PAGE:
DUBLIN, Ireland, January 7, 2019 (LifeSiteNews) – An Irish archbishop criticized pro-life activists’ peaceful efforts to save unborn babies under the country’s new abortion regime.
“I’m not a person personally for protest, what the Church should be doing is strengthening its resolve to help women in crisis and to educate people,” Archbishop Diarmuid Martin of Dublin said in an RTE Radio One interview on Sunday.
“I would be particularly cautious about protesting against GPs (general practitioners) because everybody is going there, and people go there for all sorts of reasons,” he said.
As for creating exclusion zones around abortion facilities, the archbishop said that he agreed that they should be allowed, but within limits. “Protests can be legitimate, but you can't absolutize. It's up to the government to ensure that the various rights of people are protected.” He may have been referring to a recent call by Irish Health Minister Simon Harris, who recently put a priority on creating “safe access zones” to halt pro-life protests.
As of New Year’s Day, abortion has been legal in the Irish Republic after a landslide referendum vote in 2018 that struck down previous prohibitions.
Archbishop Martin said in the interview that he does believe physicians who “clash with the law” by refusing to refer patients to abortion services should not be subjected to professional sanctions. Saying the government should protect conscientious objection, he said, “We have a constitution which protects freedom of expression. Everybody has a right to make a protest.”
“Respecting the rights of conscience of individuals, even where they may come to clash with the law, is a very important thing in any democracy,” he said, adding, “Where you begin to trample the rights of conscience then you're moving into a very different form of government.”
While the archbishop said he does not believe that the issue of abortion will probably not come up in the near future, he said the Catholic Church should seek to ensure that abortions are rare.
“One of the things in government policy that was constantly stressed is that abortion should be rare,” said Martin. “We have to do something to help people to make sure that that is the case, and that people who want to keep their child can do it, and can do it with dignity.”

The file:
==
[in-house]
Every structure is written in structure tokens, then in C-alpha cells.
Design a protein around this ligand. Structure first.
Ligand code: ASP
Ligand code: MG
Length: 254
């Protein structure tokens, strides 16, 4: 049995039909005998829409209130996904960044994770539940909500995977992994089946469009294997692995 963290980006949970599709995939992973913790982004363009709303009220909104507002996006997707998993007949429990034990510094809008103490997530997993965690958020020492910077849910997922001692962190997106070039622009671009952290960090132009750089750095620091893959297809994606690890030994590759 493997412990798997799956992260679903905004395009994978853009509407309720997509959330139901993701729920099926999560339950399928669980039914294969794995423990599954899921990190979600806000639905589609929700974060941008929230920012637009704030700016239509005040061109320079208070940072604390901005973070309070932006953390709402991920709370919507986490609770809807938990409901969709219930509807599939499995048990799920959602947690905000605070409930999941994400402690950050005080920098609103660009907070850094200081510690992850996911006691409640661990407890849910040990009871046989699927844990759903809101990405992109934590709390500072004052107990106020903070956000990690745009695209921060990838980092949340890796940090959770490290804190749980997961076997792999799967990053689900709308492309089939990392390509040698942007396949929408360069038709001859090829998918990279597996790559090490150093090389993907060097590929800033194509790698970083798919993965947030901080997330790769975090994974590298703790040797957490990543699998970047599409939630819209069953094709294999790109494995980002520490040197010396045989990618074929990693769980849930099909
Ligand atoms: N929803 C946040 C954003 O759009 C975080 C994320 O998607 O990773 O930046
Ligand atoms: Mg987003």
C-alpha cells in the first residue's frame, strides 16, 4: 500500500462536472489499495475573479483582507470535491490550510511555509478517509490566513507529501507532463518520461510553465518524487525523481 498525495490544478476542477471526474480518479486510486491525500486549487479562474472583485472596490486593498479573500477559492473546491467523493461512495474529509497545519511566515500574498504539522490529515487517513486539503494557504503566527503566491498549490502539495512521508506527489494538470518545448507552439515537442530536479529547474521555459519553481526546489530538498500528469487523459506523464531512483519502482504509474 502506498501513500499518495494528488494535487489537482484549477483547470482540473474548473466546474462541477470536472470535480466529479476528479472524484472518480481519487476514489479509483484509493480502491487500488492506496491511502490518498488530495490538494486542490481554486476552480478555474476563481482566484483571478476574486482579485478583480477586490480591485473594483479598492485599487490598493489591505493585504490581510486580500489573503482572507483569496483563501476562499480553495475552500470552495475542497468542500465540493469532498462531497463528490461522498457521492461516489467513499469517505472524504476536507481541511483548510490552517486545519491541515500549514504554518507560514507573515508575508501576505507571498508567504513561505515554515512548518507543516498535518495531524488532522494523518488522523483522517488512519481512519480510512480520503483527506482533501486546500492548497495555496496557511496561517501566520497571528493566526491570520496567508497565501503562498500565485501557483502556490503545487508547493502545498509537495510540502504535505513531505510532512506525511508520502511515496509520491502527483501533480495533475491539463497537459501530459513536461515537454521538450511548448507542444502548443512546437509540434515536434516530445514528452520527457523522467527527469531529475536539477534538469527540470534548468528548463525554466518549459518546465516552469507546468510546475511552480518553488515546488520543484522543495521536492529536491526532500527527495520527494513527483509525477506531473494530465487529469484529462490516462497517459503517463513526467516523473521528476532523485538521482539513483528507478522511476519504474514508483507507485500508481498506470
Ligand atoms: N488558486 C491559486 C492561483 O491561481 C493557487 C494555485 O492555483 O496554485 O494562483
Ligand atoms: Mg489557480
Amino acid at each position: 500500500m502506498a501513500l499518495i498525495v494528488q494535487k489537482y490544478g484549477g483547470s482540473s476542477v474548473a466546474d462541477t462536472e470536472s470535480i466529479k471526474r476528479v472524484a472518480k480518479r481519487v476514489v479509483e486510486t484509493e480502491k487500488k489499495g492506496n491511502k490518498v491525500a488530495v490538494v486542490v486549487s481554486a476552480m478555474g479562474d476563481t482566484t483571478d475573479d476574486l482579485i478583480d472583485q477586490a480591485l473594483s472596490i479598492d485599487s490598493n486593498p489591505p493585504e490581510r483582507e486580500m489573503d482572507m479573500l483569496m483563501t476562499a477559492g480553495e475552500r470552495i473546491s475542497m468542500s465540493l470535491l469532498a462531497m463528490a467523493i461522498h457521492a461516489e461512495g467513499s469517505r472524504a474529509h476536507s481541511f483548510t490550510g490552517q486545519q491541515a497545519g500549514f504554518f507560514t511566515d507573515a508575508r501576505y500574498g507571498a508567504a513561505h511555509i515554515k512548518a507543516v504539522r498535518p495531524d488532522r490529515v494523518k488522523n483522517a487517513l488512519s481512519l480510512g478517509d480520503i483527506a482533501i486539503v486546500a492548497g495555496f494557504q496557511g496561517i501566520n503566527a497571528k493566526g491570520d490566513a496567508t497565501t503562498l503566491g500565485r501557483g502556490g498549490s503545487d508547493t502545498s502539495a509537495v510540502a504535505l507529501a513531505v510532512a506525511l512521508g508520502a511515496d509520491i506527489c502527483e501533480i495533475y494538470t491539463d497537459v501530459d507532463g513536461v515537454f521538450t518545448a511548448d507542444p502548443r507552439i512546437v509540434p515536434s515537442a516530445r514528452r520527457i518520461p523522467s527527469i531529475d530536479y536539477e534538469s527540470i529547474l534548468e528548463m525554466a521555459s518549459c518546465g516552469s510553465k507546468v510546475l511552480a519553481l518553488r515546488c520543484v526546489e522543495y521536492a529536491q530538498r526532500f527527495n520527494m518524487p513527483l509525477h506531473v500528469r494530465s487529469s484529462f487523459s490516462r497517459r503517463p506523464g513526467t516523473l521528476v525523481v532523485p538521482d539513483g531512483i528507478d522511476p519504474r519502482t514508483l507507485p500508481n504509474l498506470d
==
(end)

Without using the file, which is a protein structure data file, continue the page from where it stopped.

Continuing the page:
Archbishop Martin is 73 years old and approximately two years from the usual retirement for Catholic bishops who reach age 75. Other personnel changes are afoot: Dublin’s two auxiliary bishops are due to turn 75 this year. During the interview, when asked whether he is ready to retire, he answered, “It would be good, not just that I retire, but that there would be a different leadership in the Church, a younger one, because we are facing very different challenges.”
Following peaceful pro-life protests in Galway, Amnesty International executive director for Ireland Colm O’Gorman tweeted his approval of legislation to be introduced this month that will create exclusion zones around abortion facilities. He wrote: “Well, that didn’t take long. Legislation to impose exclusion zones to prevent obstruction and harassment is due this month. It must be progressed.”
According to the Irish Sun, Irish Health Minister Simon Harris says exclusion zones at abortion facilities to restrict free speech are a priority for the next legislative term. A spokesperson told the Sun that Harris proposes to ensure that abortion providers and persons seeking abortion will have free access to abortion services without having to see or hear appeals from pro-life advocates. The spokesperson told the paper that Harris wants to ensure that abortion “service users and staff” are not subject to “unnecessary intimidation or duress.”
Louise O’Reilly of the leftist Sinn Fein told the Sun that her party wanted “buffer zones” included in December’s abortion legislation. Saying Sinn Fein had raised the issue with Harris before, O’Reilly said he told the party that he would “ deal with it himself and bring forward his own legislation. He should have accepted the opposition amendments at the time which would have included buffer zones.”
— Colm O'Gorman (@Colmogorman) January 3, 2019
After abortion’s approval in Ireland’s legislature in December, it has become legal for any reason up to 12 weeks of gestation and up to six months in a variety of circumstances. Irish taxpayers are on the hook for the procedures, and Catholic hospitals are compelled to provide abortions.
Conscience protections for medical personnel are strictly limited. Physicians and nurses fear that they will be forced to terminate the lives of unborn babies or face job termination. Hospitals are not ready to undertake abortions because of a lack of enough trained staff, clinical guidelines, and ultrasound machines.